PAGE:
Muzzled scientists, stifled media: New restrictions on speaking directly to government scientists about the coronavirus are dangerous, writes Margaret Sullivan.
“We’re now at a moment when experts must be free to share their knowledge and front-line workers must be free to tell their stories without being muzzled or threatened — and certainly without being fired,” she writes. Lives depend on it.
Back in 1972, a Harris poll found that only 18 percent of the public had confidence in the print media; television ranked lower.
Garbage collectors scored higher in public confidence.
As a reporter for the Chicago Tribune at the time, I thought that was shameful, and not only for journalism and journalists.
That got me started on a lifelong mission to make the news media more trustworthy, and to earn public confidence in the belief that factual information is the lifeblood of a self-governing democracy.
You’d think you were on the side of the angels if you spent much of your life campaigning for journalism ethics. But you need more than angels to make much headway in getting the public’s respect and the cooperation of journalists, some of whom consider journalism ethics an oxymoron. A contradiction in terms.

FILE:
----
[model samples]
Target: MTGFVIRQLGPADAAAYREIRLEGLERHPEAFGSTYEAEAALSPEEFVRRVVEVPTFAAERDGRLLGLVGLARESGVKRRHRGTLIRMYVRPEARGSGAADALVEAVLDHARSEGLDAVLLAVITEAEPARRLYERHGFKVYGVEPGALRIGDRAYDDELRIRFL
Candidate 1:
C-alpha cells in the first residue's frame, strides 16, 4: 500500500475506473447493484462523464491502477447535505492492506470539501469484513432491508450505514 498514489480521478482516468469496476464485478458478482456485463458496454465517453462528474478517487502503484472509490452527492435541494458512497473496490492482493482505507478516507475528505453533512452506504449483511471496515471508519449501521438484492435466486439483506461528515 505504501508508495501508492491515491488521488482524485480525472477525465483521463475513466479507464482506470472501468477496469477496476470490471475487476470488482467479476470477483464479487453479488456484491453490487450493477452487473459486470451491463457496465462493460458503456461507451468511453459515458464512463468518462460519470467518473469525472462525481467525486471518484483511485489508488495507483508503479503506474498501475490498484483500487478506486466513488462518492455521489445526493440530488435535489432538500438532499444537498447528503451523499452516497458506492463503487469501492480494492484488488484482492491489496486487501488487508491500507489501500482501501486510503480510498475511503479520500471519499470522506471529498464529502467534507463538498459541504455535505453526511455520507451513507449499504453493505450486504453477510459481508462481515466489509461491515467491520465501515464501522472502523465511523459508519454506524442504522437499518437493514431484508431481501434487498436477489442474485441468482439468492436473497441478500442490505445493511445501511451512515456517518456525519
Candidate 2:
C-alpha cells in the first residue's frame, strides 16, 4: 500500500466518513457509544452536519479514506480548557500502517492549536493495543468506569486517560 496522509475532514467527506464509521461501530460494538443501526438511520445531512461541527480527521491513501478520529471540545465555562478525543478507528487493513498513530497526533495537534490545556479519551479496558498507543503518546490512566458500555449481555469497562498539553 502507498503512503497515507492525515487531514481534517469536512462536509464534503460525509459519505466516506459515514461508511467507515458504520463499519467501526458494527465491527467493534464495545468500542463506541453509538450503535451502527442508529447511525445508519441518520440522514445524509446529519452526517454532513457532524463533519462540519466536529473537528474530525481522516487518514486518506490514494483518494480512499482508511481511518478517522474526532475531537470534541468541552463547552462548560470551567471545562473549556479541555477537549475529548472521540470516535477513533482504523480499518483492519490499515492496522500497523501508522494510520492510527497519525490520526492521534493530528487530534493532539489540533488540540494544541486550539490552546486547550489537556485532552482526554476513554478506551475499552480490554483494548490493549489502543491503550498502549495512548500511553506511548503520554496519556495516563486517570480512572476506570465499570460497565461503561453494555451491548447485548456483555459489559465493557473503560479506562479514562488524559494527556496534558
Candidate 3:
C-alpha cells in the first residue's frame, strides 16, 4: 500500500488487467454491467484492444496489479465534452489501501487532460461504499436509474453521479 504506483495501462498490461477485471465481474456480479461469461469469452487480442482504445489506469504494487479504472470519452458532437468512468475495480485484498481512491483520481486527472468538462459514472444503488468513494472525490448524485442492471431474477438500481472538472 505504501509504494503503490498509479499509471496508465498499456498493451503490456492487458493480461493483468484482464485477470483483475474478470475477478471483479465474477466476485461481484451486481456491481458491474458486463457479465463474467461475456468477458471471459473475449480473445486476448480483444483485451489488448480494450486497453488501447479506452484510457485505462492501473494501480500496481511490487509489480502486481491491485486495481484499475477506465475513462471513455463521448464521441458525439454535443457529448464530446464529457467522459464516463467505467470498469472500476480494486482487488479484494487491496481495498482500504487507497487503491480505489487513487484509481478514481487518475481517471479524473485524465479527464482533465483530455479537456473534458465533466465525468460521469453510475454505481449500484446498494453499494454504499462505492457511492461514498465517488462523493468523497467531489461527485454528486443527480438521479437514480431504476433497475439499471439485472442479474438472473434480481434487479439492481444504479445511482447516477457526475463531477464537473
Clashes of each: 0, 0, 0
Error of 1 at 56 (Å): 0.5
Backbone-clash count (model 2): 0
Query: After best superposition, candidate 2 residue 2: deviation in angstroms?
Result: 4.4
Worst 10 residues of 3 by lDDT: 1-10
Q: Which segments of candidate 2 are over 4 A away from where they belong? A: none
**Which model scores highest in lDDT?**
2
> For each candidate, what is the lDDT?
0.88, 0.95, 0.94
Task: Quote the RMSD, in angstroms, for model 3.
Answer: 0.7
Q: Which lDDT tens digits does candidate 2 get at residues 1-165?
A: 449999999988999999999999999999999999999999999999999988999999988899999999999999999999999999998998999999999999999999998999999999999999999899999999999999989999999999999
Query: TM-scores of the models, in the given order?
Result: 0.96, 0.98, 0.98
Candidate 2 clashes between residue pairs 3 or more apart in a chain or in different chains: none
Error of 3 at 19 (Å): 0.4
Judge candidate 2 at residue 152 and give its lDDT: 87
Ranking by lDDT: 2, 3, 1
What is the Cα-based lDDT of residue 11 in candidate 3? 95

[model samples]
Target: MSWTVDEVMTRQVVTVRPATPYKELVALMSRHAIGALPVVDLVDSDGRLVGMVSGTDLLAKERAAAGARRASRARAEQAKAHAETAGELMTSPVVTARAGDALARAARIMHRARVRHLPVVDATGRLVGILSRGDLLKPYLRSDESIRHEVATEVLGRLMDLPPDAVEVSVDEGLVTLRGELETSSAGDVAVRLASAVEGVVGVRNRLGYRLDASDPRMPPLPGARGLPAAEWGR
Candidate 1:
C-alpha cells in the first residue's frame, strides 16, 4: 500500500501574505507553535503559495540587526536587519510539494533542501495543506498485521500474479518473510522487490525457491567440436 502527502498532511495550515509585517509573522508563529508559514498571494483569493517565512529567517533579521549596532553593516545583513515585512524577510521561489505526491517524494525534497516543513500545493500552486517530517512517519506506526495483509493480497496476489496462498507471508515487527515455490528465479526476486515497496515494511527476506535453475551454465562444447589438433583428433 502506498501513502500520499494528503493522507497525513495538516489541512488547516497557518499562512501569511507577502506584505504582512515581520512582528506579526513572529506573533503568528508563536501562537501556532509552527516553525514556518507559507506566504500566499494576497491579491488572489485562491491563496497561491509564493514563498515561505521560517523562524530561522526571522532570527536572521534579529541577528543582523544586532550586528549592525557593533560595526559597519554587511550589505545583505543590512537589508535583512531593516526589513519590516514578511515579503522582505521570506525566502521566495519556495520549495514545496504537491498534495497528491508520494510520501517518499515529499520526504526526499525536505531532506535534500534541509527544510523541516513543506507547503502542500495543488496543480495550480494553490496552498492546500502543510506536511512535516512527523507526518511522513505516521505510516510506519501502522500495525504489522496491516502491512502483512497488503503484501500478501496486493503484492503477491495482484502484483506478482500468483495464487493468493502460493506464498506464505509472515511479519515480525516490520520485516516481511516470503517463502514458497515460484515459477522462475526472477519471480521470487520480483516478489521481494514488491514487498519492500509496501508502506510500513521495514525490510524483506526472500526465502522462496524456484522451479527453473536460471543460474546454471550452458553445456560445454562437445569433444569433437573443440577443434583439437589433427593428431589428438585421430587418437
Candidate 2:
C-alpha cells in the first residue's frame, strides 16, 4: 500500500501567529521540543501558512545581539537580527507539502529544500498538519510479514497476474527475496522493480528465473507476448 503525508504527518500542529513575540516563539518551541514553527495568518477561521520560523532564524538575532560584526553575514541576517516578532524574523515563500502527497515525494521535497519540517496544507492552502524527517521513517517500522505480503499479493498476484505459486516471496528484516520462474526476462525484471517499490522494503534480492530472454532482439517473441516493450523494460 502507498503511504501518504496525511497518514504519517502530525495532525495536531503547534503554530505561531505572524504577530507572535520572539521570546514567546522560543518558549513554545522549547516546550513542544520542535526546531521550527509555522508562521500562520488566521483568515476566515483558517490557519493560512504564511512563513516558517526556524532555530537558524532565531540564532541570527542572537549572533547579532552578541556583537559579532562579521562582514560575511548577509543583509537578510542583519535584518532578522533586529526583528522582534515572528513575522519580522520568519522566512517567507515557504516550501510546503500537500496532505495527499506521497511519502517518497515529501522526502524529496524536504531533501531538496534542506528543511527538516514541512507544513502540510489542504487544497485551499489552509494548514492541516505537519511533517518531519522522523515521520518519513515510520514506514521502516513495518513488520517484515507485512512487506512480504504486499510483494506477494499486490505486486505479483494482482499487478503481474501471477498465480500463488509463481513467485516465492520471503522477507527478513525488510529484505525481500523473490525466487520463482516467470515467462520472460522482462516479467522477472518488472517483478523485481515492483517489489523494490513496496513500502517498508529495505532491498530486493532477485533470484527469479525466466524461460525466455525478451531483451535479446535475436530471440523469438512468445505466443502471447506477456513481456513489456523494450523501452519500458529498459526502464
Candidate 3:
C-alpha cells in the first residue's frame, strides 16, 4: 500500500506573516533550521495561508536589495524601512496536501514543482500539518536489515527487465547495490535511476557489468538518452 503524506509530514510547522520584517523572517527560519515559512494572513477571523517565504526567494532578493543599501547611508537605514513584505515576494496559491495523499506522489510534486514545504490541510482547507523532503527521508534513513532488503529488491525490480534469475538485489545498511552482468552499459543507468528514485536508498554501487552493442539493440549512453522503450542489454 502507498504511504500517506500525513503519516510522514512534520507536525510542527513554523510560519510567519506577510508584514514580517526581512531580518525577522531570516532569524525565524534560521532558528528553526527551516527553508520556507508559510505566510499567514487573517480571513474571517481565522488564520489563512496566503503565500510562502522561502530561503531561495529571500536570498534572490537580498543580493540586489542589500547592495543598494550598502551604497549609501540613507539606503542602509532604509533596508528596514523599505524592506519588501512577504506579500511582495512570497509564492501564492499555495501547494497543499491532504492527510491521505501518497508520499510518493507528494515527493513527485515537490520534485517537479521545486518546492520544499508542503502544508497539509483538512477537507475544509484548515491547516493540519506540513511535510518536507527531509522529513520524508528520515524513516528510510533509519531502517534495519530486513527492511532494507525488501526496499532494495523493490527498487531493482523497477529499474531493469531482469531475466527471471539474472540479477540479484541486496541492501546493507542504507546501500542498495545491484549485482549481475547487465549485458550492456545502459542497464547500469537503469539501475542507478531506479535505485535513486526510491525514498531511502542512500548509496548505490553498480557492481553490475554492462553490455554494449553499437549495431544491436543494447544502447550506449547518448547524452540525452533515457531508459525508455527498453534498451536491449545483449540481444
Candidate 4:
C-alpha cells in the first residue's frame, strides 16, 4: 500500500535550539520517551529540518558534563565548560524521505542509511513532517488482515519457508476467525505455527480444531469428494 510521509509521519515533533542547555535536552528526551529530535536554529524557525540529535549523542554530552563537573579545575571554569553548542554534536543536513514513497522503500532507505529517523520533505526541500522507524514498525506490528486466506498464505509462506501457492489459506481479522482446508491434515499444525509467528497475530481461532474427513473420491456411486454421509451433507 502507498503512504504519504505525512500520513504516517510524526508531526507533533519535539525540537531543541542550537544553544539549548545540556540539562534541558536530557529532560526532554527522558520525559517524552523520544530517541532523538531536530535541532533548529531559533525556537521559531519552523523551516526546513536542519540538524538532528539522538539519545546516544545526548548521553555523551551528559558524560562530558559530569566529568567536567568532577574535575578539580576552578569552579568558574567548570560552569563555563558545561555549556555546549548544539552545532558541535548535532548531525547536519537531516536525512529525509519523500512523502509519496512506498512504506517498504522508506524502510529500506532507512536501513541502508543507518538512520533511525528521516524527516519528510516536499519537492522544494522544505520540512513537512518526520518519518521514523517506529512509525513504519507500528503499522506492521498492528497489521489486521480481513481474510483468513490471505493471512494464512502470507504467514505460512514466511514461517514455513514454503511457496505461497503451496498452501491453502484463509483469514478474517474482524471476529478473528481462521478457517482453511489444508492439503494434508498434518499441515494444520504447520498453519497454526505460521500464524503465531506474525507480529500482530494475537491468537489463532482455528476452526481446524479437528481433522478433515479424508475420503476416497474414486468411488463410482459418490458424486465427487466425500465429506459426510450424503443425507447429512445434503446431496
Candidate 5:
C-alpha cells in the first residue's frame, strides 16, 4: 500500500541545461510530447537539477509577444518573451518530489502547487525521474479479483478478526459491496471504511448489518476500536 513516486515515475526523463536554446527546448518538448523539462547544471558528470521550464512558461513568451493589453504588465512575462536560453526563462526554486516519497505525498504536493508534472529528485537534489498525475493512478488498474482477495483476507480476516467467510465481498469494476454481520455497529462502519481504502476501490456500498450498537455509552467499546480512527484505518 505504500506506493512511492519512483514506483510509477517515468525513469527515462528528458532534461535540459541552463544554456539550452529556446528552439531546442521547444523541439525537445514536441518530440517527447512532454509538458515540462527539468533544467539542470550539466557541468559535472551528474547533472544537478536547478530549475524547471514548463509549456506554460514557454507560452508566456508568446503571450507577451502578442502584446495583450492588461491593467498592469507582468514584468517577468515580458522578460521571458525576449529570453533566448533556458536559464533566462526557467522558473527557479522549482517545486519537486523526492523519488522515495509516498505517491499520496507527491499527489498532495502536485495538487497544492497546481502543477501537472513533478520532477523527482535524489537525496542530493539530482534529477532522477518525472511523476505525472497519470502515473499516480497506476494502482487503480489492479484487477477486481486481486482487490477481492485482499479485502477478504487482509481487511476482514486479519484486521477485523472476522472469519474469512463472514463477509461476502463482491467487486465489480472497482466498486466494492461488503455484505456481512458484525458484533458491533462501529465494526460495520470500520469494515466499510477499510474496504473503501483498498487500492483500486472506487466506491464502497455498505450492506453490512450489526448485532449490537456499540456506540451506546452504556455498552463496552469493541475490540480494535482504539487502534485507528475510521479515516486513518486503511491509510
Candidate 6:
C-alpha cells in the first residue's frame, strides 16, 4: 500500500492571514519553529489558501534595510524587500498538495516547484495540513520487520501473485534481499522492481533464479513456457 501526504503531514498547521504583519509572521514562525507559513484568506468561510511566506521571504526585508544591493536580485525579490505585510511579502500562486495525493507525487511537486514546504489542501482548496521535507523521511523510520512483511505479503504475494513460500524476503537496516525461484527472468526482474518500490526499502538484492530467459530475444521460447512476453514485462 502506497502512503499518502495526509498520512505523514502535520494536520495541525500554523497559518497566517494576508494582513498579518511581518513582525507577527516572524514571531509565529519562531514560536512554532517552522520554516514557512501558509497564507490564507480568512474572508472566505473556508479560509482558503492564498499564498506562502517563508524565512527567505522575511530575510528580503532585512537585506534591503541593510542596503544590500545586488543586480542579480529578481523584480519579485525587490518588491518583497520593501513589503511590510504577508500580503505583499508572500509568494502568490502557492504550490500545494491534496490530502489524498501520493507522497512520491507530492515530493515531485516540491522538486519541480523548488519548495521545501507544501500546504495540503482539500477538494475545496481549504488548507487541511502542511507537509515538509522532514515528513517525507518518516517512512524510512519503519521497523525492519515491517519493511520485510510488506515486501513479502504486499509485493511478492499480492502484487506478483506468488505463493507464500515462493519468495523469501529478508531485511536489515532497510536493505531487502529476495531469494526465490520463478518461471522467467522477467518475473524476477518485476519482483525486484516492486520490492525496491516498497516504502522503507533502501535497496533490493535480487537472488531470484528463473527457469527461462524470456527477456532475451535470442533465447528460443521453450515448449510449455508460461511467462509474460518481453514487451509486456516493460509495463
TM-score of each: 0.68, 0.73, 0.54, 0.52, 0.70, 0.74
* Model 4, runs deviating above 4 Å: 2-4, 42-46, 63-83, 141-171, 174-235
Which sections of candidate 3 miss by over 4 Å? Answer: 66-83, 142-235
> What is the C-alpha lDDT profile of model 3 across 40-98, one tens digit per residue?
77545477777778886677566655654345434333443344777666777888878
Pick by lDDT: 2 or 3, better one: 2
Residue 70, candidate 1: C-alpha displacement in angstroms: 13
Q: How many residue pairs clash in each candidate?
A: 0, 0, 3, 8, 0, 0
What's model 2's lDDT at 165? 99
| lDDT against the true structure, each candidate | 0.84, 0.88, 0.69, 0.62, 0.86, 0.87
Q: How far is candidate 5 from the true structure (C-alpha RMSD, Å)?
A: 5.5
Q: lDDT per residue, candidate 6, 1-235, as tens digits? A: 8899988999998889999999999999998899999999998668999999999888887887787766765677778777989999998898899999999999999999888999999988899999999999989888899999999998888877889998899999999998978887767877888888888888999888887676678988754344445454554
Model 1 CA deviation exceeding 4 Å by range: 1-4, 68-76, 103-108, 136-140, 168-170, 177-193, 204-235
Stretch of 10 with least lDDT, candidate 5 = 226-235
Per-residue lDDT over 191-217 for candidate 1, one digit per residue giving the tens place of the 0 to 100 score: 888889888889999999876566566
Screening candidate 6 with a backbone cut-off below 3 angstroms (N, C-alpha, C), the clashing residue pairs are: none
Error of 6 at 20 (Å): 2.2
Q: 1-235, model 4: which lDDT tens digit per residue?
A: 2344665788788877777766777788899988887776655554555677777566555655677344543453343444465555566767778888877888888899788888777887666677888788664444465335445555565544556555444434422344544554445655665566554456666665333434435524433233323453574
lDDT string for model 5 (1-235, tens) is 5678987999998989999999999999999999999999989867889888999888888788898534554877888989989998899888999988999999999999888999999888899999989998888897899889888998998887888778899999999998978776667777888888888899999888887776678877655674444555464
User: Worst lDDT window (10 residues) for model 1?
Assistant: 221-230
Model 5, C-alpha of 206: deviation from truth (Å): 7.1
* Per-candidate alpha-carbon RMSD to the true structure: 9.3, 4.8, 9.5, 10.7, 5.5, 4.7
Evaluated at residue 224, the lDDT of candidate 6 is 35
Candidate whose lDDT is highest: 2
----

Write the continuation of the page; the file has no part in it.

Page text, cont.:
The coronavirus batted the 2020 major league baseball season into limbo, but stories about baseball never get old.
Here’s one about the Chicago Cubs, a seriously maligned baseball fan and journalism ethics. Like many classic tales, it’s told, retold and people argue about the details in their favorite watering holes. Sometimes the story gets better each time it’s told.
It boils down to this: Was it ethical to name a baseball fan who deflected a foul ball, possibly costing the Chicago Cubs a trip to the World Series? This question has become a staple in some journalism ethics classes. I was reminded of that when a student named Maddie contacted the Ethics AdviceLine for Journalists, asking if news organizations violated the Society of Professional Journalists code of ethics by naming that hapless fan.
Speaking ill of the dead: A backlash against Washington Post reporter Felicia Sonmez for mentioning the Kobe Bryant rape case “steams from the ancient wisdom that urged folks not to speak ill of the dead,” writes Erik Wemple.
“A fine rule for everyone except for historians and journalists….,” he writes.
Shaky anonymous sources: Journalists in the cyber age should shun discredited past practices like anonymous sources and off-the-record backgrounders, which damage public trust. From the Ethics AdviceLine for Journalists archives.